Hello and thank you in advanced for looking at this. I have trying to come to terms with two seemingly contradictory idea's in electro-magnetics. Lenze's law and Eddie currents seem to contradict the fundamental equation F = qv X B where F is the force exerted on a particle with charge q and velocity v crossed with Magnetic field B and F, v, B are all vectors. I would like to illustrate this: Suppose you have a copper plate, attached to the top and the bottom are the positive and negative terminals of a power supply respectively so current is flowing down (electrons going up). Then you have two electro-magnets, one on each side with opposite polarities such that the flux lines flow through the plate. When the magnets energizes the "F = qv X B" would imply that the electrons get accelerated toward one side of the plate and end up with a diagonal velocity (down from the electric field and sidways from the magnetic field). But lenz's law, which as far as i can tell is solely responsible for eddy currents says that when those electric magnetic energizes the electrons will have to go in a circular motion to create a magnetic field which opposes the original field. Is it the case that these are both true simultaneously and there will be swirling electrons and those swirls will move down in a diagonal direction? If not is there already an equation that has been driven that will tell me the total force on an electron taking both of these laws into account? The discrepancy comes from the fact that "F = qv X B" is 0 when the velocity is zero, but lenzes law has a force on stationary electrons subject to a changing magnetic field to balance it out. Thank you in advance for any guidance I have thoroughly stumped myself :)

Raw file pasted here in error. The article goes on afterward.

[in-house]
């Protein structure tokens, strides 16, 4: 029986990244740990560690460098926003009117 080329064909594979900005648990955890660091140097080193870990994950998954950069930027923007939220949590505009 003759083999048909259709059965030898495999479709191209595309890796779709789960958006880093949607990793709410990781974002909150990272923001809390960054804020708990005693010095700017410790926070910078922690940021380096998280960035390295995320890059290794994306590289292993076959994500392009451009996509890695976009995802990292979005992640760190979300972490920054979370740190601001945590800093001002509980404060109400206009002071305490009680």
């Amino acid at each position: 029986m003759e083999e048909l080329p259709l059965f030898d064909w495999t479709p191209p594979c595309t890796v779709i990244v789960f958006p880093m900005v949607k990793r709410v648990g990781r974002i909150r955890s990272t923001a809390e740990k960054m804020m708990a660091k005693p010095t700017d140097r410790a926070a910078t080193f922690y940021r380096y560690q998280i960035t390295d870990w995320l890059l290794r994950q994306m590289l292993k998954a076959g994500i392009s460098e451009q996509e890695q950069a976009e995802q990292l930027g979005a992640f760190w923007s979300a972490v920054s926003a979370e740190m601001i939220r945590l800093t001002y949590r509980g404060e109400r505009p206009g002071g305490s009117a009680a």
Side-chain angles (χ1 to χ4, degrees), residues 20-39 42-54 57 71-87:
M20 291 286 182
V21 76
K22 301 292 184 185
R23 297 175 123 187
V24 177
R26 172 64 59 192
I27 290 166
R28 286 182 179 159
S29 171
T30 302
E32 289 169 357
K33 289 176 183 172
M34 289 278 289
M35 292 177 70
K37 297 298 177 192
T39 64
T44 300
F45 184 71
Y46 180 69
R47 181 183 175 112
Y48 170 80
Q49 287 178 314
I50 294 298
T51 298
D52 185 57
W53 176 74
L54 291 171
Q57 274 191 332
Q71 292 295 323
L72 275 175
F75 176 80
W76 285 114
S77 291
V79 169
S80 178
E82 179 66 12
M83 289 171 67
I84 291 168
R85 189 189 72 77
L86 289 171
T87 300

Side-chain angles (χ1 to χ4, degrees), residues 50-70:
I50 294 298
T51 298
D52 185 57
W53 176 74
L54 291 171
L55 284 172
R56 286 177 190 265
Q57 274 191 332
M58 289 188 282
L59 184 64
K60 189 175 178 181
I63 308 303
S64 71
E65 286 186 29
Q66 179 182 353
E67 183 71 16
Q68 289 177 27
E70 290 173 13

The force equation you want is: ##\vec F = q(\vec E + \vec v\times\vec B)## , which assumes that the fields do not change with time. Eddie currents and Lenz's law deal with the situation that the fields change with time. Time-varying E and B fields create circulation in the force equation. (See: Maxwell's equations.) This sort of complication means that you'll soon-enough start dealing with the behavior of charges in terms of energy rather than force.